Wednesday, August 4, 2010

Multiple state box in ASP.NET 3.5

We usually play with the checkboxes/ radio buttons when we provide choices for the user. But how will it be interesting to use the old style checkboxes where my choices (I will call them as states) are Accept, Reject, or Tentative? For more examples, if I would like to provide more states not just two, and want to represent each state with unique image then how can I achieve it?

Here is the example which goes out of the box to use styling images to represent each choice that users can select.

We will take below example and complete this assessment.

I would like to collect reviews from the users about my articles. For that I would like to provide them the following options:
- Not adequate
- Average
- Good
- Helpful
- Very helpful

All reviews will be presented using stylish images. User will click on the first state i.e. Not adequate. If he would like to increase his/her rating to second level, simply click on the image again. This will show an image for the second state. For the next level, simply click again and it will show you the next level state.

I should also be able to add more states dynamically with minimum efforts.

Evaluating multiple approaches:
For this, we will not use the existing checkbox/ radio button control as they do not provide enough scope for this requirement.

Initially I thought it will be simple if I use the toggle button extender control from the Ajax. When I completed the work using it, I found that before loading the actual styling images, it still shows the default checkboxes for fraction of seconds. Also it puts other limitations that we can’t read its states for more than 2 values. So I thought that this will be much easier using our own control.

So I did plan to develop a custom control for this. To respect that the initial idea came from the checkboxes and toggle button extender, I will name my custom control as “ImageCheckbox”.

Writing Custom control class:
You need to create a new class file with the name as ImageCheckbox. You can read more on how to create custom control over the net. Here is the complete source code for this class. This is simple web server control that inherits directly from WebControl class.

using System;
using System.Data;
using System.Web;
using System.Web.Security;
using System.Web.UI;
using System.Web.UI.HtmlControls;
using System.Web.UI.WebControls;

namespace ImageCheckbox
public class ImageCheckbox : WebControl, IPostBackEventHandler
public ImageCheckbox()
: base(HtmlTextWriterTag.Span)
State = "unchecked";
ImageFormat = ".gif";

public event EventHandler Click;

/// Call JavaScript client side functions. Put the JavaScript in string format.

public string OnClientClick
get { return ViewState["onclientclick"] as string; }
set { ViewState["onclientclick"] = value; }

/// Location of the images. This is the path where all the images representing each state will reside.

public string ImagePath
get { return ViewState["imagepath"] as string; }
set { ViewState["imagepath"] = value; }

/// Format of the images. All images representing states should be of the same format.

public string ImageFormat
get { return ViewState["imageformat"] as string; }
set { ViewState["imageformat"] = value; }

/// Current state value. Assign a string value representing the current state.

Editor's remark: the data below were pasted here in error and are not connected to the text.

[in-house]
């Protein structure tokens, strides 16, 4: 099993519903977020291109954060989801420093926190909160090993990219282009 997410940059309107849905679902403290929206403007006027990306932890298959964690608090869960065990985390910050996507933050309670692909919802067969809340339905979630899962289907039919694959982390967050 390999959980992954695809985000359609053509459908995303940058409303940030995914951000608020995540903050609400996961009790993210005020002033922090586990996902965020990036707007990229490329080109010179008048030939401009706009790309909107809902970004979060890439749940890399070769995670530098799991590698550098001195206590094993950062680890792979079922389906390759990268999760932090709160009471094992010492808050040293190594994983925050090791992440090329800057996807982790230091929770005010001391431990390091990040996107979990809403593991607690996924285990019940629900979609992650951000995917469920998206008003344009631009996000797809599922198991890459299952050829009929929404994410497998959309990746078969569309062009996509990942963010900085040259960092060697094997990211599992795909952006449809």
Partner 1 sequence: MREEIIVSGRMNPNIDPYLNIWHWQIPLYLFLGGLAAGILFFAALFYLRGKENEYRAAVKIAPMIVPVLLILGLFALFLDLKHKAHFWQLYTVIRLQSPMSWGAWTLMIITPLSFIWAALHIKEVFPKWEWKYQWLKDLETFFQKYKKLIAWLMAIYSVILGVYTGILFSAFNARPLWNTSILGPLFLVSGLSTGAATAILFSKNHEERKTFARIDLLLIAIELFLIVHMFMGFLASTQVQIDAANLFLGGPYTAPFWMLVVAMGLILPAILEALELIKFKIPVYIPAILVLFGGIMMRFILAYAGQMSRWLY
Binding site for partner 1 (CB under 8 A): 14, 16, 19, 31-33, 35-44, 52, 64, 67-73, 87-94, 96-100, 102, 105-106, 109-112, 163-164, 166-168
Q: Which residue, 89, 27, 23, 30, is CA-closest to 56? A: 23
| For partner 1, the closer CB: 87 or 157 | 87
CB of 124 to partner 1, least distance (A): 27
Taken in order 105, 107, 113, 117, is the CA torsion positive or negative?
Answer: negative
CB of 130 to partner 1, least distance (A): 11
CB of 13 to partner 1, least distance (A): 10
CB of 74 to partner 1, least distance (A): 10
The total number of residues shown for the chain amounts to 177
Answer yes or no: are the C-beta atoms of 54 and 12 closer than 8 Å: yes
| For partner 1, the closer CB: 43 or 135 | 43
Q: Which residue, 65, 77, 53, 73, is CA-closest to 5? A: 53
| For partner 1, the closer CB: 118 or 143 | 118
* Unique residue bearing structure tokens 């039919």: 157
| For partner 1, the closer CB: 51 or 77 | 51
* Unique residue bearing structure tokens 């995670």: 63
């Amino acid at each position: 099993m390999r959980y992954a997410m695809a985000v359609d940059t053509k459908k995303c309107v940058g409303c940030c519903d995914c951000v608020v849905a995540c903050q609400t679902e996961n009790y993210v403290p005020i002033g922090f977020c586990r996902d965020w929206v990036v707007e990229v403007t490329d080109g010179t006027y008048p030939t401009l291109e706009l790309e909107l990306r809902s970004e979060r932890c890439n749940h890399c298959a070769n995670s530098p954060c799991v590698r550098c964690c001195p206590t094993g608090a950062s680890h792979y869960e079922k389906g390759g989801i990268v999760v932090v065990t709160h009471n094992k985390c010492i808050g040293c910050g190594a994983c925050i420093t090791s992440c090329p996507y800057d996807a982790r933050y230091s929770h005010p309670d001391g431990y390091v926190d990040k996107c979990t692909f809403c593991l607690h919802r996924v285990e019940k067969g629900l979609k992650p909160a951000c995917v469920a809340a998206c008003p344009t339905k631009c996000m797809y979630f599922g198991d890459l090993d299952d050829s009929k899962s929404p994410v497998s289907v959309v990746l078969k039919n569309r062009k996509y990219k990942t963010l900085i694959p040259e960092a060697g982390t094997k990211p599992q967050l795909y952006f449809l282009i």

public string State
get { return ViewState["state"] as string; }
set { ViewState["state"] = value; }

private string ImageURL { get {
string lImageURL = String.Empty;
lImageURL = ImagePath;
if (!(ImagePath.LastIndexOf('/') == (ImagePath.Length - 1)))
lImageURL += "/";
lImageURL += State + ImageFormat;
return lImageURL;
} }

protected override void RenderContents(HtmlTextWriter writer)
writer.WriteAttribute("name", this.UniqueID);
writer.WriteAttribute("src", ImageURL);
writer.WriteAttribute("onclick", "javascript:" + OnClientClick + " " + Page.ClientScript.GetPostBackEventReference(this, string.Empty));

public void RaisePostBackEvent(string eventArgument)
Click(this, EventArgs.Empty);

This accepts following properties from the user.

Image Path:
Location of the images. This is the path where all the images representing each state will reside.

Image Format:
Format of the images. All images representing states should be of the same format.

Current state value. Assign a string value representing the current state.

On Client Click:
Call JavaScript client side functions. Put the JavaScript in string format. This is to add more flexibility for the developers allowing them to extend the solution at the next level as per their requirements.

Using custom control in our application:
This is very important part of this problem. This part will explain how to best use the dynamic nature of the custom control we just built.

Add folder and images for state values:
As we have 5 states (options) for the ratings that I will be collecting from the users, I will need 5 images representing each state value. All the images must use the same image format (file extension should be the same).
Create a new folder in your application (most likely under images folder which you are using to store all the images that your application needs). I will name my folder as “ratings”. Add these images into this folder.

Here are my file names:
- not_adequate.gif
- average.gif
- good.gif
- helpful.gif
- very_helpful.gif

Suppose I am writing default.aspx page in which I will include the above control.

We will get back to this point on how to include the Image checkbox custom control in our page. Before that we will look at other important aspects of this solution.

Using Enum to represent collection of the state values:
I will use enum to make this solution strongly bounded with the requirement.

Here is my Enum which defines behavior of the states. (This will go into the default.aspx.cs file.)

public enum CheckboxStates

Now, we will go back to default.aspx page and get the custom control added to the page (you can read more on how to add custom control to the page over the net).

Register custom control:
Add below line in your aspx page to register your custom control.

(Ignore the space before or after <> )

< %@ Register Assembly="ImageCheckbox" Namespace="ImageCheckbox" TagPrefix="cm" % >

Add it in the form:
Add the instance of the custom control in the form and set appropriate values of the properties.

< id="imgCheckbox" onclick="imgCheckbox_Click" runat="server" state="average" onclientclick="alert('hi....');" imageformat=".gif" imagepath="images/ratings/"> < /cm:imagecheckbox >

Assign the state to default value. Here the default value given is ‘average’.